"I am very happy to be with all of you today to inaugurate and dedicate to the nation Shyamali, the heritage house of Shri. Rabindranath Tagore.
Shyamali is an experimental mud-house built at Santiniketan in 1935. I am glad to know that the house has been recently renovated by the Archaeological Survey of India as a deposit work. I am told that the historical house is a property of Visva-Bharati at present.
Rabindranath Tagore visited Santiniketan for the first time at the age of twelve and stayed at the house built by his father Maharshi Devendranath Tagore known as Santiniketan Griha. Santiniketan gets its name from this house which stands even today as an example of the splendor of colonial architecture.
Rabindranath, out of a traumatic and claustrophobic childhood-experience of his own education at school within the boundaries of four walls, set up a school for children at Santiniketan in 1901. He then built 5 new houses at the Northern corner of the Santiniketan ashram which is now know Uttarayana and named them Konark, Udayan, Shyamali, Punascha and Udichi.
History says that Shri. Rabindranath Tagore stayed in these houses at various points of time and took special interest in the planning of the houses according to his requirements.
I am told that Shri. Rabindranath Tagore, was dissatisfied with concrete structures and desired to have a new house made of mud as his last abode and as a result, Shyamali was built and that the roof of Shyamali is also made of mud.
He hoped that Shyamali would encourage poverty-stricken families of rural Bengal to have earthen roofs instead of thatched roofs prone to be destroyed in fire. Large and empty earthen vessels were intentionally placed inside the thick mud walls and roof of one of the rooms of Shyamali for the purpose of introducing a natural cooling system.
Rabindranath immortalised this house by publishing a book of Poems entitled ‘Shyamali’ in 1936.
I am happy to learn that the house was designed by Surendranath Kar, built by Santal artisans under the supervision of Gour Mondal and subsequently decorated by Nandalal Bose and Ramkinkar Baiz in association with the students of Kala-Bhavana of Visva-Bharati.
It is a matter of great pride that Mahatma Gandhi and Kasturba Gandhi stayed at this house in 1940 during their visit to Santiniketan and also preferred to stay at this house after the death of the Poet.
My dear sisters and brothers,
Shri. Rabindranath Tagore was the first Asian to have won the Nobel Prize for Literature in 1913. He was a native of Calcutta, who wrote in Bengali and often translated his own work into English.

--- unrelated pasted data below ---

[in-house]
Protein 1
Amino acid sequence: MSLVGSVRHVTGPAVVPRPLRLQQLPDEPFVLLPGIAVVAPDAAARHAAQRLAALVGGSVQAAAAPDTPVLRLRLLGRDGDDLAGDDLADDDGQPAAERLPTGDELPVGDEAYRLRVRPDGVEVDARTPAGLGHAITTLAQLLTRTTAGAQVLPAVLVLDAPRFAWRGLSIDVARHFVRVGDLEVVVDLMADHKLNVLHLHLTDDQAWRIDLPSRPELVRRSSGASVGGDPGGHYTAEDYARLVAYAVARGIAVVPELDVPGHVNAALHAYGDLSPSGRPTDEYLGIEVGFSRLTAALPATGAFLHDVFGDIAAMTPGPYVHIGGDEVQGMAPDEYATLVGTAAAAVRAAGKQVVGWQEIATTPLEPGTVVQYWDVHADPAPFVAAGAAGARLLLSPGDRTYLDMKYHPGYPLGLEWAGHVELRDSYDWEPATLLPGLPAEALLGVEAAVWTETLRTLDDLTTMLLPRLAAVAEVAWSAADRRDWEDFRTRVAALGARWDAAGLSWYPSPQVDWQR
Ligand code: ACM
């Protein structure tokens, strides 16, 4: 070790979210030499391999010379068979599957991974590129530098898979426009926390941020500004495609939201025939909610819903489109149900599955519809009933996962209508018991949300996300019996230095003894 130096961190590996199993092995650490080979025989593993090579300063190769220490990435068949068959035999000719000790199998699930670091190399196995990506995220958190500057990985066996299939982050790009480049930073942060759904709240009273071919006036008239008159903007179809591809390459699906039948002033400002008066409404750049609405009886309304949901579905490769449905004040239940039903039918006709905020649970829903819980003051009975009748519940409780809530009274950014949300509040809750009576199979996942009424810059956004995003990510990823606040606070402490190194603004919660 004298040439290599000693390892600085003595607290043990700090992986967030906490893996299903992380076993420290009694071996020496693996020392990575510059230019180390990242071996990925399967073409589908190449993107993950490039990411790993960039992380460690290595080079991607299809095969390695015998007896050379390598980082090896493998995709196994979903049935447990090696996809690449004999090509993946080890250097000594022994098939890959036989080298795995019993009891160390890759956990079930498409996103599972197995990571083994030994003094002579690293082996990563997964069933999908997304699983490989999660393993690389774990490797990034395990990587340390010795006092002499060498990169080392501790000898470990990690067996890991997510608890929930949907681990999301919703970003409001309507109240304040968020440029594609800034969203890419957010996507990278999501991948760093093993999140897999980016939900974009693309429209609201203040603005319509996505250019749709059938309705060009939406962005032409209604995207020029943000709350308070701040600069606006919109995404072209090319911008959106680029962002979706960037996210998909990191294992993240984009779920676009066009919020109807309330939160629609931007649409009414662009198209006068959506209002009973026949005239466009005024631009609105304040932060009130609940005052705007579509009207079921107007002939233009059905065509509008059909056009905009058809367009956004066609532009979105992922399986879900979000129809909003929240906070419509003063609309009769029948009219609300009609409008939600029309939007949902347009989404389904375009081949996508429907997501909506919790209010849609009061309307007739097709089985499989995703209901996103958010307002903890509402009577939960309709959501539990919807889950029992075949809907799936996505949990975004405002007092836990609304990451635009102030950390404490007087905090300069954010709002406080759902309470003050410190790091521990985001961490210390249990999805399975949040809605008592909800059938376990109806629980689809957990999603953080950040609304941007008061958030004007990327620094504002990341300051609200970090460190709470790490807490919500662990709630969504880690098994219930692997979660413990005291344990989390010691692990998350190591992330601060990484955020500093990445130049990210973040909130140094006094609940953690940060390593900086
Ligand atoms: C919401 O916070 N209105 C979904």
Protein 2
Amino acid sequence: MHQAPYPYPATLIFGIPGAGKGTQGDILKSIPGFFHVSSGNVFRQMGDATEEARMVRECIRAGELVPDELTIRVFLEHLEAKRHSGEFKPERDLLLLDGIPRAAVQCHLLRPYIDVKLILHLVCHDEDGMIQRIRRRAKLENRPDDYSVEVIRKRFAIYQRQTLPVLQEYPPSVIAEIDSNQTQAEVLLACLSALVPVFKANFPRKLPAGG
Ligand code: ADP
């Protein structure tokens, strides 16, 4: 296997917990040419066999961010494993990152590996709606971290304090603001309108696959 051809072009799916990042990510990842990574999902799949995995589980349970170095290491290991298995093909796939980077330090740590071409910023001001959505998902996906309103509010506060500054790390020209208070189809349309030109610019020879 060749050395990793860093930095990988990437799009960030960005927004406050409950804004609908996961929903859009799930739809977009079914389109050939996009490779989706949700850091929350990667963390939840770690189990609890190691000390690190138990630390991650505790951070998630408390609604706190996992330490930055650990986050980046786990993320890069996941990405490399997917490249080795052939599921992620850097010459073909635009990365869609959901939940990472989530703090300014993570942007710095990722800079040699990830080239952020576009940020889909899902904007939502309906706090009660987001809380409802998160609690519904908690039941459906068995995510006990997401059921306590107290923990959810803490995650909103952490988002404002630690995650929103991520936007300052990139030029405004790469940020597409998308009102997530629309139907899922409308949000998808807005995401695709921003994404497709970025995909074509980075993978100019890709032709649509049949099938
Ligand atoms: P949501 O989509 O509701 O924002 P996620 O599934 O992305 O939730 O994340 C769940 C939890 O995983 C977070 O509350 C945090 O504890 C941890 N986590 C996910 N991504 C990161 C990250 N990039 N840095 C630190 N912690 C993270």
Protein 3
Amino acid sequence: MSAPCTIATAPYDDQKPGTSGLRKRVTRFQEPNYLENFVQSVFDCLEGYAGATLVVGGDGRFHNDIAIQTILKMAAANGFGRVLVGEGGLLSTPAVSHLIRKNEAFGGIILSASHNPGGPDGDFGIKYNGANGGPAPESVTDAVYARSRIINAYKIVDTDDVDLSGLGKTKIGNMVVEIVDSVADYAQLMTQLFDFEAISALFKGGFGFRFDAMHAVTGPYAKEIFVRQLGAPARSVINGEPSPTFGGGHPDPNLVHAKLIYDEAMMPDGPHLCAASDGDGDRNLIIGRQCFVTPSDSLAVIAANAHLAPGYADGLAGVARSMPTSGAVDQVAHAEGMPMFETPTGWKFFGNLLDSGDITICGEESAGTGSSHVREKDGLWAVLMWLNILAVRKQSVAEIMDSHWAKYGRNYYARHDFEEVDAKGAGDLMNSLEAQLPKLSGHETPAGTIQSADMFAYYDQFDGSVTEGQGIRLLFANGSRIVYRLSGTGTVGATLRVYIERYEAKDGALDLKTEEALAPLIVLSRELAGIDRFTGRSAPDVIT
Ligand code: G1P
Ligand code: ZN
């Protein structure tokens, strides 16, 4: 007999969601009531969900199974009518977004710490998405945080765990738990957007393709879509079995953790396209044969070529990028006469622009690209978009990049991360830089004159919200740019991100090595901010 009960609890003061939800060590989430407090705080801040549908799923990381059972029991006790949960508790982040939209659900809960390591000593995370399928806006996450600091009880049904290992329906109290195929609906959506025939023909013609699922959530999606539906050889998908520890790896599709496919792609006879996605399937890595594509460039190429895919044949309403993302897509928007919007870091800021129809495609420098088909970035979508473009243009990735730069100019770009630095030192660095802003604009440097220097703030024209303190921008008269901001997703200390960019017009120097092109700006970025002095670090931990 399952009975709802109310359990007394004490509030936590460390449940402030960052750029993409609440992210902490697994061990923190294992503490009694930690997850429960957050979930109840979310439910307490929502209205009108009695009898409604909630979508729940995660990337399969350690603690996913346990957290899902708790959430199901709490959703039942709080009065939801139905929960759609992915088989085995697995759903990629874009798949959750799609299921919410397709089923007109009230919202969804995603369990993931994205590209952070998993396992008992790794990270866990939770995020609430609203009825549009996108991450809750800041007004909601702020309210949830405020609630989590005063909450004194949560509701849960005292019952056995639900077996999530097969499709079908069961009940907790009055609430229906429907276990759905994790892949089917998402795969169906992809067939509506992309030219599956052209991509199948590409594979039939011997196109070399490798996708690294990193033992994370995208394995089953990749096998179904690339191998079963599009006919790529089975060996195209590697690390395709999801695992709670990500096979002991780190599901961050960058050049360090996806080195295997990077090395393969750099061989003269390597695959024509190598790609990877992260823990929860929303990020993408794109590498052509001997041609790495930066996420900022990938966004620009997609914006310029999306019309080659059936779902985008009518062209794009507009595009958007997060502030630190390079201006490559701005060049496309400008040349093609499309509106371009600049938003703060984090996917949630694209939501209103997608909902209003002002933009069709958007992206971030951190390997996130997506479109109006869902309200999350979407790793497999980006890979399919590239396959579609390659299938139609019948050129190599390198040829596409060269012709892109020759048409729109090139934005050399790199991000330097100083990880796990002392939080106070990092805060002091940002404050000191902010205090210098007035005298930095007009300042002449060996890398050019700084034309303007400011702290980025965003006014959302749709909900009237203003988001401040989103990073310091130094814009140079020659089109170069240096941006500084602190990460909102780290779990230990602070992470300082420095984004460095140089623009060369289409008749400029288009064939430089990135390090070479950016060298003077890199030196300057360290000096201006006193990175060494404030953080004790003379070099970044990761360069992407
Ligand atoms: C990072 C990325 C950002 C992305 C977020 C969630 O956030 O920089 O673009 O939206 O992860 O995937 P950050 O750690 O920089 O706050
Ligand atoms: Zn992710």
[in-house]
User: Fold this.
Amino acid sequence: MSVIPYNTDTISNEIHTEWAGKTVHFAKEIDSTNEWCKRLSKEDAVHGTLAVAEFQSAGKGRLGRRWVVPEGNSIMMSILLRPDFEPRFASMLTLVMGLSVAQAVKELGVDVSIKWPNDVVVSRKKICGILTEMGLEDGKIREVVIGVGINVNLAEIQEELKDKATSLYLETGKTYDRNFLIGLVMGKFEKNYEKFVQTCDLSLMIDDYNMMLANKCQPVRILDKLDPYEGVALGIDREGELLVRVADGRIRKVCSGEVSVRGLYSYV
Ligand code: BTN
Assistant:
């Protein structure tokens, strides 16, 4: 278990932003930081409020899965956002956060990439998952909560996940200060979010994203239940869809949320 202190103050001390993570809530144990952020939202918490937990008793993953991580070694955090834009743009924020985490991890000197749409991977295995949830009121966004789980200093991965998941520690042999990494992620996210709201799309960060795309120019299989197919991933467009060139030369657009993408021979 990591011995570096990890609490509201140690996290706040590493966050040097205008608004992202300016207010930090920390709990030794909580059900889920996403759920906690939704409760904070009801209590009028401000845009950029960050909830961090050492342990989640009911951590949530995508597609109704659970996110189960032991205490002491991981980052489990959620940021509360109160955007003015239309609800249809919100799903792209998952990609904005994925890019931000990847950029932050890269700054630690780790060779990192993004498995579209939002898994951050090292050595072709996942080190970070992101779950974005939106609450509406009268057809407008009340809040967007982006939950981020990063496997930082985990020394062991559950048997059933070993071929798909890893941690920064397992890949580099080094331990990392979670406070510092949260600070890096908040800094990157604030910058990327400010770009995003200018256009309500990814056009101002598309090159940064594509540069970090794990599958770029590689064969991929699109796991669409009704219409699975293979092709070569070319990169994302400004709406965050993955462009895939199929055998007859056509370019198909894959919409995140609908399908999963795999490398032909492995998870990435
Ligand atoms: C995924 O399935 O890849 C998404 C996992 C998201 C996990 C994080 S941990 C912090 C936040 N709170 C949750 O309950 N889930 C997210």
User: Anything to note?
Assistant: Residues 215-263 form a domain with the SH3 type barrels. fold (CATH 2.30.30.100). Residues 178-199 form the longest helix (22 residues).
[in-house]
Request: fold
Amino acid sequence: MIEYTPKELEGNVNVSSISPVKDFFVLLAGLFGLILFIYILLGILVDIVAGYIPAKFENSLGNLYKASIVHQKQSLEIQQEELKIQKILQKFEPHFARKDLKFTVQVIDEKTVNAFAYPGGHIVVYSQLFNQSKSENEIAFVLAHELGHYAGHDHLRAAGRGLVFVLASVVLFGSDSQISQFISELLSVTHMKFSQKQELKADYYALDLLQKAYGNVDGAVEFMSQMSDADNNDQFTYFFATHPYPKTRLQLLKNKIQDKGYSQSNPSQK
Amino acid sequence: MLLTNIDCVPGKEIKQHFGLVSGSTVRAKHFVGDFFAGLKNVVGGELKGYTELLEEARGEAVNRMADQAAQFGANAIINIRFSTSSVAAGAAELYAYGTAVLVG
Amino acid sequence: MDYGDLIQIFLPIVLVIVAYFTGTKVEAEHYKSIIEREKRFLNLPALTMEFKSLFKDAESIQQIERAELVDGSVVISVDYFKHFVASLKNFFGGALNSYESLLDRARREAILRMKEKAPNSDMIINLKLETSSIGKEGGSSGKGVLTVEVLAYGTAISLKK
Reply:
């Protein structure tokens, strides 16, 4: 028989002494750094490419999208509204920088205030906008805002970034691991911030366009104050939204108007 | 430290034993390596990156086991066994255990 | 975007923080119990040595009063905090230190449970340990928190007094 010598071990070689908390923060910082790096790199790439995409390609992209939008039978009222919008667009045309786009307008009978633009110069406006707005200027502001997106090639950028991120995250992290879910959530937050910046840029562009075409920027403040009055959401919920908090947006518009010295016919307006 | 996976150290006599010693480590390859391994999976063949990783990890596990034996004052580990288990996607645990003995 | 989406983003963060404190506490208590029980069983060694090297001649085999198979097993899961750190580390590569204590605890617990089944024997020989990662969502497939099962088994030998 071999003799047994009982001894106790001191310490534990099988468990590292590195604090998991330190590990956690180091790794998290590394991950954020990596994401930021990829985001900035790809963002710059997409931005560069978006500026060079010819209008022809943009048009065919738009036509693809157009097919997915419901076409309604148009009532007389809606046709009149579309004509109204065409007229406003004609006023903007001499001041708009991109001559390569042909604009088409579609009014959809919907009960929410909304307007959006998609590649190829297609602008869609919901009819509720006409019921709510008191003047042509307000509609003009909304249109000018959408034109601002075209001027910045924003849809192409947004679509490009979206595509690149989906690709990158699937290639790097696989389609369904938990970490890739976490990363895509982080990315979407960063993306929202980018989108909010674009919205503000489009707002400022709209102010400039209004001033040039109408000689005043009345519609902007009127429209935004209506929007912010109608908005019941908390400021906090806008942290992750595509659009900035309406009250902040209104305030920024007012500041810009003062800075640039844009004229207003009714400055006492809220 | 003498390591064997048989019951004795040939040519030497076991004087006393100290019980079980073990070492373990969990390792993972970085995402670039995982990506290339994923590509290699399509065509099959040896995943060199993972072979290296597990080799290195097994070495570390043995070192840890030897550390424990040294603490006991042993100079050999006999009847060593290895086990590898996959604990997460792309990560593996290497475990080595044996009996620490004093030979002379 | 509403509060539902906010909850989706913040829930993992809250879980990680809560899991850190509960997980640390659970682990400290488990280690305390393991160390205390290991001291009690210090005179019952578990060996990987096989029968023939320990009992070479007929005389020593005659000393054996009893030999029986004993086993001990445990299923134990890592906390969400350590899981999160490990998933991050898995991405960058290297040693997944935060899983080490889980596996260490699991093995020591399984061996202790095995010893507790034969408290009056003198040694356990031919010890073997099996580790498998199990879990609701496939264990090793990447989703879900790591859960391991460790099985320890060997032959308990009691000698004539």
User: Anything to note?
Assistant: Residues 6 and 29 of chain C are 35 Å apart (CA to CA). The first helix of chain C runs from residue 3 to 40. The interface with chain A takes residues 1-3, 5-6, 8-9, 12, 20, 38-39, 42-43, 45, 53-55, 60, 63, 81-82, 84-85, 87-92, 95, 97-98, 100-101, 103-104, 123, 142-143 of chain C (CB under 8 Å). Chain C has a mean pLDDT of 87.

He wrote poetry, fiction, drama, essays, and songs; promoted reforms in education, aesthetics and religion; and in his late 60s he even turned to the visual arts, producing nearly 2,500 paintings and drawings before his death.
To Bengal, Tagore has been, and remains, an altogether exceptional literary figure, towering over all others.
Tagore’s poetry, which often takes the form of melodious songs, called Rabindrasangeet, has transformed popular Bengali music with its particular combination of reflective language and compatible tunes.
With his translations of some of his poems he became rapidly known in the West. His fame attained a luminous height, taking him across continents on lecture tours and tours of friendship.
For India, especially for Bengal, he is a great living institution and for the world, he became the voice, the representative of India’s spiritual heritage.
He is indeed India’s pride and glory.
Santiniketan embodies Rabindranath Tagore’s vision of a place of learning that is unencumbered by religious and regional barriers. Santiniketan was established in 1863 with the aim of helping education go beyond the confines of the classroom.
By 1921, Santiniketan slowly grew into one of the most revered Universities of India, the Visva Bharati University. It remains the abode to some of the most creative minds in the country.
Santiniketan was affectionately moulded by Tagore on the principles of humanism, internationalism and a sustainable environment.
He developed a unique curriculum that was an optimum blend of art, human values and cultural interchange. Even today, one can still feel his presence, his passion, his dedication and his pride in the institution in the portals of Santiniketan.
The poet who sincerely believed that “The highest education is that which does not merely give us information but makes our life in harmony with all existence”, envisioned the creation of a thriving centre of education where nature walks and excursions were a part of the curriculum and special attention was paid to natural phenomena.